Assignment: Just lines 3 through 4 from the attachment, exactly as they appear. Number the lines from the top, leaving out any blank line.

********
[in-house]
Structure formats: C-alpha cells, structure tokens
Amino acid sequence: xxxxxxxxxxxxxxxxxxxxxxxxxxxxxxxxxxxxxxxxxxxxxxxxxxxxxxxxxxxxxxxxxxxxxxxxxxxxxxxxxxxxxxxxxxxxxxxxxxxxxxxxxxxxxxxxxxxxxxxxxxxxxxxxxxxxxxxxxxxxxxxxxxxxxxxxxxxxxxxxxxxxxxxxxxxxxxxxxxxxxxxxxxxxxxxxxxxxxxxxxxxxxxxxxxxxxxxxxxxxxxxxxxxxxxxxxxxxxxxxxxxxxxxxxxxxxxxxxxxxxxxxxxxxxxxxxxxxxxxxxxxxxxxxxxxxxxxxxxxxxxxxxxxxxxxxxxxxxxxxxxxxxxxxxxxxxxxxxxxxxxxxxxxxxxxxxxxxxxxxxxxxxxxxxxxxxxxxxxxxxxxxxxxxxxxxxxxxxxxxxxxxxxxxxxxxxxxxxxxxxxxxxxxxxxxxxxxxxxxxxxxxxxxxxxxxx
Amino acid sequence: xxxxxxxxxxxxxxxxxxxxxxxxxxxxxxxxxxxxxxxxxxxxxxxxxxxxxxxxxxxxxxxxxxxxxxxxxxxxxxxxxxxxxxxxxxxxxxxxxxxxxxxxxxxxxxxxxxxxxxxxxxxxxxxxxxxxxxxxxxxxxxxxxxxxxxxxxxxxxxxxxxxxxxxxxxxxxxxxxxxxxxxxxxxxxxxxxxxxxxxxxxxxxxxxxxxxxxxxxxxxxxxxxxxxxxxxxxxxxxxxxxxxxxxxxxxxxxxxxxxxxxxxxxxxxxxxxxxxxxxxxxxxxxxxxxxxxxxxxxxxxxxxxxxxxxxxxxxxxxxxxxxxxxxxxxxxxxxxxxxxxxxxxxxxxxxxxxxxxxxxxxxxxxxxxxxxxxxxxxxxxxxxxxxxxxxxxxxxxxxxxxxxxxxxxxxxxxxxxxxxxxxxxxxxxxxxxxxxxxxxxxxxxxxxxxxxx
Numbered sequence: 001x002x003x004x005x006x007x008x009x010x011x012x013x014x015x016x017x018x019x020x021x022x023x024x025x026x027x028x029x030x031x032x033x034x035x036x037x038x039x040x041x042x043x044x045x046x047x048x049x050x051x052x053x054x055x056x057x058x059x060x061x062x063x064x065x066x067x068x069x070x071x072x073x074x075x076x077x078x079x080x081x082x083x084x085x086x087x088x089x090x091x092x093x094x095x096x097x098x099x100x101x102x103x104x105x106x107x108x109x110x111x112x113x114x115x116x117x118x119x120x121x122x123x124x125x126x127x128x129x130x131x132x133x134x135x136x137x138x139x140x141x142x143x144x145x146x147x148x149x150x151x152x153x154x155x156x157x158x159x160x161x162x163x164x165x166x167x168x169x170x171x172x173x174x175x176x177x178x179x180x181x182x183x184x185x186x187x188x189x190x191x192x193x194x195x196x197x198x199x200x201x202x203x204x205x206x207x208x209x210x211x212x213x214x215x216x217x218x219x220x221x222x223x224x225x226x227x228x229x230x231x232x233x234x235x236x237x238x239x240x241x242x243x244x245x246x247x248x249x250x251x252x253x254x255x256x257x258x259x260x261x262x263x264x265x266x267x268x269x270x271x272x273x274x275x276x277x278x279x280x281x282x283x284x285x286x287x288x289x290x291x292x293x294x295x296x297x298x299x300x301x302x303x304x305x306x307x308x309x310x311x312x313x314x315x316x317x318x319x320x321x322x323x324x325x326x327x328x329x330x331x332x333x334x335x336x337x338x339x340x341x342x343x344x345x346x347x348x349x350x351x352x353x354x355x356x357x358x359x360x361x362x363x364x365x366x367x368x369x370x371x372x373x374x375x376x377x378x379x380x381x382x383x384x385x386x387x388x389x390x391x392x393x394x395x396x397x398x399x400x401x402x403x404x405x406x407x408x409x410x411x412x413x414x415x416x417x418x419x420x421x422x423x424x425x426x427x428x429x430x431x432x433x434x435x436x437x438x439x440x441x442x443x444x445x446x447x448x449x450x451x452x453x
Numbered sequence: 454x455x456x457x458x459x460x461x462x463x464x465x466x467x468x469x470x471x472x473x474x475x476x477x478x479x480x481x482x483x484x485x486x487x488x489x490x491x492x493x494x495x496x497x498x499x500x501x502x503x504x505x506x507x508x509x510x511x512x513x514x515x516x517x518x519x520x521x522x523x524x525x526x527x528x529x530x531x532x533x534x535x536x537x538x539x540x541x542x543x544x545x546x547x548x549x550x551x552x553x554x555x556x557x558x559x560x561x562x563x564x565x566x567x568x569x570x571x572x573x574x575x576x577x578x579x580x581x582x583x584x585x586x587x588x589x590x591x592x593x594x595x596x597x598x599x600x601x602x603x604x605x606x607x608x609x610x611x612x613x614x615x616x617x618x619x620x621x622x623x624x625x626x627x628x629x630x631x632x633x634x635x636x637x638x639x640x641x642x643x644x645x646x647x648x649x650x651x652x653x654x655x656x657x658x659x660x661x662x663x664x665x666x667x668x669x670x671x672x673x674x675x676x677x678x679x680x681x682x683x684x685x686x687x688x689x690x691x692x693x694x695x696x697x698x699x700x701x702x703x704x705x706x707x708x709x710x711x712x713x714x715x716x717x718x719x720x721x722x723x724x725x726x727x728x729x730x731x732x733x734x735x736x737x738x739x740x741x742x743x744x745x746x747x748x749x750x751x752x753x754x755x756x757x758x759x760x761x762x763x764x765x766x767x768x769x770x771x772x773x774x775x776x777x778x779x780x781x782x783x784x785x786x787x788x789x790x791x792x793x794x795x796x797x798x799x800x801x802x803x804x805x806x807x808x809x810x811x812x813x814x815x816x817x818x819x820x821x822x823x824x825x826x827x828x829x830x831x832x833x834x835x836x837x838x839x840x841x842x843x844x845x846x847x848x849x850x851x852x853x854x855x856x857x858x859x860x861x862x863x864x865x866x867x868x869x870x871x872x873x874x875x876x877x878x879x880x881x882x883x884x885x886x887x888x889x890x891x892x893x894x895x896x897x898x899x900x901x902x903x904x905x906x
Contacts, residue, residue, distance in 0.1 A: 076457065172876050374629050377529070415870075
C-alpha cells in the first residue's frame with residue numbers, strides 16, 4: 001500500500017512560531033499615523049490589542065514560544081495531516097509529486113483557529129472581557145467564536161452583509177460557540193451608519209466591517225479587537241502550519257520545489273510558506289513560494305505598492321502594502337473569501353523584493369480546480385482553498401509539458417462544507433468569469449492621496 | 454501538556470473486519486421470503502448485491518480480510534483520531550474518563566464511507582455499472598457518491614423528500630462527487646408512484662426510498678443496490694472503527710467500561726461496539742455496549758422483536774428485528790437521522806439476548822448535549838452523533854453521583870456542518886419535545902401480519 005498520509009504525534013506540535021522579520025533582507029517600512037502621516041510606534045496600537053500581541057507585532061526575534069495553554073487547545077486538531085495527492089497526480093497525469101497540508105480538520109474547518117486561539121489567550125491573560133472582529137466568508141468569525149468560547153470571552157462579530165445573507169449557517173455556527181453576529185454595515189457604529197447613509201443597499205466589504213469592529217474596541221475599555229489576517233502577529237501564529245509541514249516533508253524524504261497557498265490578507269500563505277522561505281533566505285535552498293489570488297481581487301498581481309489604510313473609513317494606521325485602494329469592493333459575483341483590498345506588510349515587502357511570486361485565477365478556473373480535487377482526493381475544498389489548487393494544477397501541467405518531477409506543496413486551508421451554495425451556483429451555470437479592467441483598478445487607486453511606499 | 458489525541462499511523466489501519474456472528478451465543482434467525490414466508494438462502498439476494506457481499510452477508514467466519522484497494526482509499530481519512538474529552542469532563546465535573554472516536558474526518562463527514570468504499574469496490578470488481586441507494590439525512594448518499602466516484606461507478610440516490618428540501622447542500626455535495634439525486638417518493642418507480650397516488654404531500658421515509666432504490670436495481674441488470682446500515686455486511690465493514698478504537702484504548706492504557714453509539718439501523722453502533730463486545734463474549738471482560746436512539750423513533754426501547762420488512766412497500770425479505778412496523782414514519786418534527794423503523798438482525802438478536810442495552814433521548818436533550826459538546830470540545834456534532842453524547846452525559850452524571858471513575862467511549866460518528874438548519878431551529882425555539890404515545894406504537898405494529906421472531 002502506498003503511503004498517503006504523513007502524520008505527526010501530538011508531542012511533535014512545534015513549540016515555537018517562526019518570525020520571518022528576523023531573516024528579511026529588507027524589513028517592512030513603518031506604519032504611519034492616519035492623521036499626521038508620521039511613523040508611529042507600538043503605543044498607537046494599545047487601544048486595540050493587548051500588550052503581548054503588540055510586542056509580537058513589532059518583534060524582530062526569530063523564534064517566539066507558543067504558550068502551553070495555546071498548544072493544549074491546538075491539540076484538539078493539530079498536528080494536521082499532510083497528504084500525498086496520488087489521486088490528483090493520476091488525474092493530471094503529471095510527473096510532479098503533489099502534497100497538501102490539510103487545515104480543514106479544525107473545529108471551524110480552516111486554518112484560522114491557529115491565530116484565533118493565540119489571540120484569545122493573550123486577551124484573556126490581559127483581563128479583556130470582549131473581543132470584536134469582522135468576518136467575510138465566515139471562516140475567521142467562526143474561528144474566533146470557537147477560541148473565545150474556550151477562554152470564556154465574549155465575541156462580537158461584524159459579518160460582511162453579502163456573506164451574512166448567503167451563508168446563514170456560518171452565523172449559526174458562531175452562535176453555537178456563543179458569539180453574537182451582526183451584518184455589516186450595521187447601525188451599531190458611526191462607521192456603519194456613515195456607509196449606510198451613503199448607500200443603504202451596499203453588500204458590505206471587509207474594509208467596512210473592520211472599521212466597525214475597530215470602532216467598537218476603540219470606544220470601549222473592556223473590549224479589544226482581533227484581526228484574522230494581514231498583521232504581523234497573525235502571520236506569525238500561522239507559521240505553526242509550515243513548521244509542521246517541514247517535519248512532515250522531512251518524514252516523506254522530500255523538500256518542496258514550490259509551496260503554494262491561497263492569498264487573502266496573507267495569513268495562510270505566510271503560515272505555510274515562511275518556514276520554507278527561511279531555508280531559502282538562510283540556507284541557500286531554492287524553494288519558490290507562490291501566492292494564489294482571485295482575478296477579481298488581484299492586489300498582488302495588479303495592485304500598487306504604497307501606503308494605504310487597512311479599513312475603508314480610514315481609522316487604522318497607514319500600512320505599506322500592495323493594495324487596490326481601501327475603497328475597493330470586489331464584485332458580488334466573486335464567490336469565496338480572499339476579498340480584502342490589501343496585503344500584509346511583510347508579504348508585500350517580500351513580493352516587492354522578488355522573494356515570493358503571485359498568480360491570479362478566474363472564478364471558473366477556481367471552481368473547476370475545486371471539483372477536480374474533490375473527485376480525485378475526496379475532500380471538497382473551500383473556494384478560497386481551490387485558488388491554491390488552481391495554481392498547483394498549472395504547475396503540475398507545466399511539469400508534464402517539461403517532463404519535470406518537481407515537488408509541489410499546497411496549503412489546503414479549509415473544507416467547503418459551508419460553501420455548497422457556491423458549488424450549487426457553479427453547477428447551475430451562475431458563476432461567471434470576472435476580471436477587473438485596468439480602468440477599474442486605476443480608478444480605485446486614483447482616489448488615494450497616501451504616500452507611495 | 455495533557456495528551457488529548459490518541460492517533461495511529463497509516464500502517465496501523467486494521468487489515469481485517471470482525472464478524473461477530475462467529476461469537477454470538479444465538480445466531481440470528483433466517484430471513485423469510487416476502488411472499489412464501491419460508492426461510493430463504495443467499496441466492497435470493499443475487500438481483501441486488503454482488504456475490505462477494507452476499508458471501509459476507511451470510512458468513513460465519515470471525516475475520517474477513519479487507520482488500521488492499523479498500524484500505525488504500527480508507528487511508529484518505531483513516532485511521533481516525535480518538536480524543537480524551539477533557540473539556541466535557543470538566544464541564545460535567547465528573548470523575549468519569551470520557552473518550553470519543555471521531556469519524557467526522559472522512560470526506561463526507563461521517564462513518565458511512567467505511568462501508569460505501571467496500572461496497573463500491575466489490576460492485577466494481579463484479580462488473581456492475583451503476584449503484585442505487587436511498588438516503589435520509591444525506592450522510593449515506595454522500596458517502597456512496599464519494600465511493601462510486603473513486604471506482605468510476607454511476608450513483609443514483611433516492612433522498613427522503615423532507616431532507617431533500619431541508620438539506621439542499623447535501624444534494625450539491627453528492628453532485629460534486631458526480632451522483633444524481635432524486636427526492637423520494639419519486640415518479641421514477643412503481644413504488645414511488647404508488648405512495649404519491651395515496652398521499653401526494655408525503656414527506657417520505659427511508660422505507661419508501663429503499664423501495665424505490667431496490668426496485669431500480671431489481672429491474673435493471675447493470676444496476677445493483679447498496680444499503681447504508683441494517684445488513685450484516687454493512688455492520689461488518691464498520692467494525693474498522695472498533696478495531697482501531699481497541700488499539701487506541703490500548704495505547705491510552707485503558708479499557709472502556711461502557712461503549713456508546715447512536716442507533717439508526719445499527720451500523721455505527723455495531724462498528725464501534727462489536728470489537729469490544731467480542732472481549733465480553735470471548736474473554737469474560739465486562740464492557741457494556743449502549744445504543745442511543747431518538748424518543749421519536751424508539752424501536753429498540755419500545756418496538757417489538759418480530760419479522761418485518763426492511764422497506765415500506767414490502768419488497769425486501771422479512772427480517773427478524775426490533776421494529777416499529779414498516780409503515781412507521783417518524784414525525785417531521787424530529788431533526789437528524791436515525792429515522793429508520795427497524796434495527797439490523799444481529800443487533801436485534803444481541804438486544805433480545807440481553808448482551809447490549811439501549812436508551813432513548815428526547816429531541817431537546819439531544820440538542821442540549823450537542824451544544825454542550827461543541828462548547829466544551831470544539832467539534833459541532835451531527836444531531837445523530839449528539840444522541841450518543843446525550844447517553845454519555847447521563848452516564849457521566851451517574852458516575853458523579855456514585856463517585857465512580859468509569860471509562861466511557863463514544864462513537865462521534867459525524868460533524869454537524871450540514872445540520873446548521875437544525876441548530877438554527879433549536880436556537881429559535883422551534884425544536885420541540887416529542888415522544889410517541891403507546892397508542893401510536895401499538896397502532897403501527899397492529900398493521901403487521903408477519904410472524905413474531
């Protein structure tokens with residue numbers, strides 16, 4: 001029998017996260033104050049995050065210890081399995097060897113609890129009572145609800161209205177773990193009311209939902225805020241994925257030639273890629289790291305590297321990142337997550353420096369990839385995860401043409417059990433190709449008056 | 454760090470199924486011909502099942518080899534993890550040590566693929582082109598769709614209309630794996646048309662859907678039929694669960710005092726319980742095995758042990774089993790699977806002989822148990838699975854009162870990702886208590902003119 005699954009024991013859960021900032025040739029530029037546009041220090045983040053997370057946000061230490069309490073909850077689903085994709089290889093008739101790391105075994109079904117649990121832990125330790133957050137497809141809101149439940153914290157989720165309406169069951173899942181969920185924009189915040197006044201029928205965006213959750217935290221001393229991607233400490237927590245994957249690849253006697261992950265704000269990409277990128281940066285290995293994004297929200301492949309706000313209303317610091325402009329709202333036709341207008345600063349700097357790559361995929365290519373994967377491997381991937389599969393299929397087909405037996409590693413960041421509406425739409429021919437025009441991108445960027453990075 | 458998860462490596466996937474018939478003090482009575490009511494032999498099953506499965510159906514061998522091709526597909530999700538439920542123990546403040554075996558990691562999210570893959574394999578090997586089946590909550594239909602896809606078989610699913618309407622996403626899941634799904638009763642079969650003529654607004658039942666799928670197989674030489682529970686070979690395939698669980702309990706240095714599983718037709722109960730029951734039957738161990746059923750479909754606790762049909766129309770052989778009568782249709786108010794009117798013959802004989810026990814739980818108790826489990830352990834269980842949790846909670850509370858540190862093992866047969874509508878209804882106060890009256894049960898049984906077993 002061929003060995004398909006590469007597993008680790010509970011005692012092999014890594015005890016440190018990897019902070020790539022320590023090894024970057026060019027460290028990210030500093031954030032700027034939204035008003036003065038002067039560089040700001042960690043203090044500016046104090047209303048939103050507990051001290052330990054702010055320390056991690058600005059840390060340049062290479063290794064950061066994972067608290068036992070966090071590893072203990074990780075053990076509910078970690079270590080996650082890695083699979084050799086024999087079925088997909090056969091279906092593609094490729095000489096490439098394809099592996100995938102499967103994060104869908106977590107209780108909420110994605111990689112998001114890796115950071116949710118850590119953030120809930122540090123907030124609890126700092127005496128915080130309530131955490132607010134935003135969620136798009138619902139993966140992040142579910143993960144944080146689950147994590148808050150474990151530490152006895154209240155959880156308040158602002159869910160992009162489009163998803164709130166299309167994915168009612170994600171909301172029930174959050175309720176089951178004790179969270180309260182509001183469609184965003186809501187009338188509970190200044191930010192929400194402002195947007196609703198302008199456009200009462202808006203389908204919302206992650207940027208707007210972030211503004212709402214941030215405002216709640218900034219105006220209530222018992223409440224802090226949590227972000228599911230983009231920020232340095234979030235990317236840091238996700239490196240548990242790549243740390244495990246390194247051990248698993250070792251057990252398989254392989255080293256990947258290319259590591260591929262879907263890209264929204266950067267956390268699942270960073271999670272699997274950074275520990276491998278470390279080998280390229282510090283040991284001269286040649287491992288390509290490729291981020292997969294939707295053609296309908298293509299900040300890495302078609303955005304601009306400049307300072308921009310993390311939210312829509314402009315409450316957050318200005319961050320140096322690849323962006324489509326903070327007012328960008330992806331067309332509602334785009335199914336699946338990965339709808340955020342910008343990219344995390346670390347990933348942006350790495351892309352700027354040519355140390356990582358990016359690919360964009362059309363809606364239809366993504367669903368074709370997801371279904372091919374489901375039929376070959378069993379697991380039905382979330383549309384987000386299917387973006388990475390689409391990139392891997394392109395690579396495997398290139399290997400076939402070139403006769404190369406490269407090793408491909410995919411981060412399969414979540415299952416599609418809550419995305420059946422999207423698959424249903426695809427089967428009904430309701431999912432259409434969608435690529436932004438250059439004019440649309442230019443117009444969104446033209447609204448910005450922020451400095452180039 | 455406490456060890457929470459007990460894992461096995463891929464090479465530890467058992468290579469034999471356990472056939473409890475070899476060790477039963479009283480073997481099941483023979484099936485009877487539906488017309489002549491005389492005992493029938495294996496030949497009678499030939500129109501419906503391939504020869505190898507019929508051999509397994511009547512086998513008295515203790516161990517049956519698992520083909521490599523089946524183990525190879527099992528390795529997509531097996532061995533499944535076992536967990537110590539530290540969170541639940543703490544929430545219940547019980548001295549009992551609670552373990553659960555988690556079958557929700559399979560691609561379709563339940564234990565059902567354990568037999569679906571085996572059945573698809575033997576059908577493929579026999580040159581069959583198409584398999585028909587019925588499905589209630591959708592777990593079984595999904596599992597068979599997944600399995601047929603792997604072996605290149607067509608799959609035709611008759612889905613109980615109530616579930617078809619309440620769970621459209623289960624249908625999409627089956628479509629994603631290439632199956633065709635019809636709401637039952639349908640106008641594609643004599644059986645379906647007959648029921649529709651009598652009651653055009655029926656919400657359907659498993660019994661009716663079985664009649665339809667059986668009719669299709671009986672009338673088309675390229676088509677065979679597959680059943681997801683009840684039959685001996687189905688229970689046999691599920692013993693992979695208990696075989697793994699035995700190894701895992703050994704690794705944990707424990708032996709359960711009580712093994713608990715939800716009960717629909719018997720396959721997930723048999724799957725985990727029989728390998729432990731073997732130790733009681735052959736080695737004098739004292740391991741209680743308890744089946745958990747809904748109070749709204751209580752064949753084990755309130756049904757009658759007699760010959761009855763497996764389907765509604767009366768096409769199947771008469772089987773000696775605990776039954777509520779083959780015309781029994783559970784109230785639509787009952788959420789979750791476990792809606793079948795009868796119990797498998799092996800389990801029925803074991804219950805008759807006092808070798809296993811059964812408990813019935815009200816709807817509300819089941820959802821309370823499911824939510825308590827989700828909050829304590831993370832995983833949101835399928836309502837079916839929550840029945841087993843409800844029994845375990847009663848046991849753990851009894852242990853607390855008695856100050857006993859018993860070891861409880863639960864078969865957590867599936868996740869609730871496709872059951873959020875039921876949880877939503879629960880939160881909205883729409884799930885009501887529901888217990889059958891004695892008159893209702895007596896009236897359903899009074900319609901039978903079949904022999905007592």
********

Amino acid sequence: xxxxxxxxxxxxxxxxxxxxxxxxxxxxxxxxxxxxxxxxxxxxxxxxxxxxxxxxxxxxxxxxxxxxxxxxxxxxxxxxxxxxxxxxxxxxxxxxxxxxxxxxxxxxxxxxxxxxxxxxxxxxxxxxxxxxxxxxxxxxxxxxxxxxxxxxxxxxxxxxxxxxxxxxxxxxxxxxxxxxxxxxxxxxxxxxxxxxxxxxxxxxxxxxxxxxxxxxxxxxxxxxxxxxxxxxxxxxxxxxxxxxxxxxxxxxxxxxxxxxxxxxxxxxxxxxxxxxxxxxxxxxxxxxxxxxxxxxxxxxxxxxxxxxxxxxxxxxxxxxxxxxxxxxxxxxxxxxxxxxxxxxxxxxxxxxxxxxxxxxxxxxxxxxxxxxxxxxxxxxxxxxxxxxxxxxxxxxxxxxxxxxxxxxxxxxxxxxxxxxxxxxxxxxxxxxxxxxxxxxxxxxxxxxxxxxx
Amino acid sequence: xxxxxxxxxxxxxxxxxxxxxxxxxxxxxxxxxxxxxxxxxxxxxxxxxxxxxxxxxxxxxxxxxxxxxxxxxxxxxxxxxxxxxxxxxxxxxxxxxxxxxxxxxxxxxxxxxxxxxxxxxxxxxxxxxxxxxxxxxxxxxxxxxxxxxxxxxxxxxxxxxxxxxxxxxxxxxxxxxxxxxxxxxxxxxxxxxxxxxxxxxxxxxxxxxxxxxxxxxxxxxxxxxxxxxxxxxxxxxxxxxxxxxxxxxxxxxxxxxxxxxxxxxxxxxxxxxxxxxxxxxxxxxxxxxxxxxxxxxxxxxxxxxxxxxxxxxxxxxxxxxxxxxxxxxxxxxxxxxxxxxxxxxxxxxxxxxxxxxxxxxxxxxxxxxxxxxxxxxxxxxxxxxxxxxxxxxxxxxxxxxxxxxxxxxxxxxxxxxxxxxxxxxxxxxxxxxxxxxxxxxxxxxxxxxxxxx